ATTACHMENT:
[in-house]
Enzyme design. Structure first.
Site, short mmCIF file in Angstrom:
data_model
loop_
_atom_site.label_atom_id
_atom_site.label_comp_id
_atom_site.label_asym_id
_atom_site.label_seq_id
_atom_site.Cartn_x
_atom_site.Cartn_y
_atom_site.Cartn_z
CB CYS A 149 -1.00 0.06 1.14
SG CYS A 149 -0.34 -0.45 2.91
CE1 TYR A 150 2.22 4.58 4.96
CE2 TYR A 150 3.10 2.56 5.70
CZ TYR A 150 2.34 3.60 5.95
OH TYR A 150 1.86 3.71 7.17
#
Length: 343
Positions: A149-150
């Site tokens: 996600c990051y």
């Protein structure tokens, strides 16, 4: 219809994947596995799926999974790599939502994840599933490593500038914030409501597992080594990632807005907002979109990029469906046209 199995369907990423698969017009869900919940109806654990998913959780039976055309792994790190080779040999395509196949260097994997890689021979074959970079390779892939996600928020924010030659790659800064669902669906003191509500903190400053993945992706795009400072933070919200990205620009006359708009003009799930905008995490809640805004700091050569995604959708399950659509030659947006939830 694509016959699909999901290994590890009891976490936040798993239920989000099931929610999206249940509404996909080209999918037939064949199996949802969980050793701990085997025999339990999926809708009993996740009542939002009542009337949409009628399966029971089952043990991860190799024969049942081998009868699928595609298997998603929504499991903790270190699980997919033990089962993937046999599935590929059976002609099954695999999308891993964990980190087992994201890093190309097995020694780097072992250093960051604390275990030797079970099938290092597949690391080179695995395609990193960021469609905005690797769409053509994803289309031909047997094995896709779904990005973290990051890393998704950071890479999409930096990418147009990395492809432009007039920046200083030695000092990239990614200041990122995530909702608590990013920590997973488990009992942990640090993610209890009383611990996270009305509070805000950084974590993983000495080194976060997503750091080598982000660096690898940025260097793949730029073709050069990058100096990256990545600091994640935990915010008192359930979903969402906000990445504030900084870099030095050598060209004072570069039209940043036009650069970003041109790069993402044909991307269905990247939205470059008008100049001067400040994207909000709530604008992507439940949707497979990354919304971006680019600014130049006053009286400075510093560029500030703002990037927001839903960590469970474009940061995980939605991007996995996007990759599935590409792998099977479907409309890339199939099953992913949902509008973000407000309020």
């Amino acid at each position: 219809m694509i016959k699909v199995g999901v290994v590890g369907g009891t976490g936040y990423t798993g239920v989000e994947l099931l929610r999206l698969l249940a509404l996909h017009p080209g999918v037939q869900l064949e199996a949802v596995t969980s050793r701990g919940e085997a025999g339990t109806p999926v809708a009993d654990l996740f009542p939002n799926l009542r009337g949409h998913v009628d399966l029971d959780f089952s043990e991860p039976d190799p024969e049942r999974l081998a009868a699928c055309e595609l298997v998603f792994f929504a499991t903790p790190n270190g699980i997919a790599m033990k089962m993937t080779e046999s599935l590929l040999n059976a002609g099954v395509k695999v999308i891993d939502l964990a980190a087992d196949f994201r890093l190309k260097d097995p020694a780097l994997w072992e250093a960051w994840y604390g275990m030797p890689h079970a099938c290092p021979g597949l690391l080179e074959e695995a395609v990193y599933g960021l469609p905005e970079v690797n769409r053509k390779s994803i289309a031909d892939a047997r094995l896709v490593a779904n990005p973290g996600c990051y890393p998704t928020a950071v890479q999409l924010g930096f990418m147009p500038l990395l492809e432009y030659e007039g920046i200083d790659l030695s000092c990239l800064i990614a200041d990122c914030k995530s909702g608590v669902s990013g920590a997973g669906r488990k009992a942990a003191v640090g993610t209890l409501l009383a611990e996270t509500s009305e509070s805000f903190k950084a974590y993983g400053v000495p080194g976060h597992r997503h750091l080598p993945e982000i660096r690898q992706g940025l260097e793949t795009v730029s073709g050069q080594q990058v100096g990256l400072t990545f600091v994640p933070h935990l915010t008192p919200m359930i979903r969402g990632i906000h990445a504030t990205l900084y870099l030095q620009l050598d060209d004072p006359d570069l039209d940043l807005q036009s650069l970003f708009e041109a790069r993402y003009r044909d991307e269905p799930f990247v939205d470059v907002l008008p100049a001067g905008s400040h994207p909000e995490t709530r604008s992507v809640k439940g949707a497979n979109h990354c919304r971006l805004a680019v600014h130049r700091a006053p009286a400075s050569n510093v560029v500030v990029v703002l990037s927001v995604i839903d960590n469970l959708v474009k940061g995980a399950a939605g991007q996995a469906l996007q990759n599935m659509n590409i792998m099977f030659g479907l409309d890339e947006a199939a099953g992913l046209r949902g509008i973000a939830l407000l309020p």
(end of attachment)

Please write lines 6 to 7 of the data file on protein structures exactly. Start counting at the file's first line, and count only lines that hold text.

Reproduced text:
_atom_site.label_atom_id
_atom_site.label_comp_id